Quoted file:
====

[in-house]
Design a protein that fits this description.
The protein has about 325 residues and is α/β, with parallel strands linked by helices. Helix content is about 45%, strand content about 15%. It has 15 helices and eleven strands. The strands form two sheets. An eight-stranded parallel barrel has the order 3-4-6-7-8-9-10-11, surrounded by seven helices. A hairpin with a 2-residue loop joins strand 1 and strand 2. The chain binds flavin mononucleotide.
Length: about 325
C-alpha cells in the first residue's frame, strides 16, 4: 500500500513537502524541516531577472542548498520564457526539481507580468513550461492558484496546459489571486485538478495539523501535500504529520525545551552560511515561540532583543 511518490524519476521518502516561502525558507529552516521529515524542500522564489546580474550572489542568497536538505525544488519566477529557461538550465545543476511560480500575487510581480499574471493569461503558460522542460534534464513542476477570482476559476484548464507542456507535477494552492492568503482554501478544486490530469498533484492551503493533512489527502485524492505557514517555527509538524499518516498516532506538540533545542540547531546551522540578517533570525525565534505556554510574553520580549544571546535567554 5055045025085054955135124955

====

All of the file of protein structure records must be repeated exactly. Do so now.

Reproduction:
[in-house]
Design a protein that fits this description.
The protein has about 325 residues and is α/β, with parallel strands linked by helices. Helix content is about 45%, strand content about 15%. It has 15 helices and eleven strands. The strands form two sheets. An eight-stranded parallel barrel has the order 3-4-6-7-8-9-10-11, surrounded by seven helices. A hairpin with a 2-residue loop joins strand 1 and strand 2. The chain binds flavin mononucleotide.
Length: about 325
C-alpha cells in the first residue's frame, strides 16, 4: 500500500513537502524541516531577472542548498520564457526539481507580468513550461492558484496546459489571486485538478495539523501535500504529520525545551552560511515561540532583543 511518490524519476521518502516561502525558507529552516521529515524542500522564489546580474550572489542568497536538505525544488519566477529557461538550465545543476511560480500575487510581480499574471493569461503558460522542460534534464513542476477570482476559476484548464507542456507535477494552492492568503482554501478544486490530469498533484492551503493533512489527502485524492505557514517555527509538524499518516498516532506538540533545542540547531546551522540578517533570525525565534505556554510574553520580549544571546535567554 5055045025085054955135124955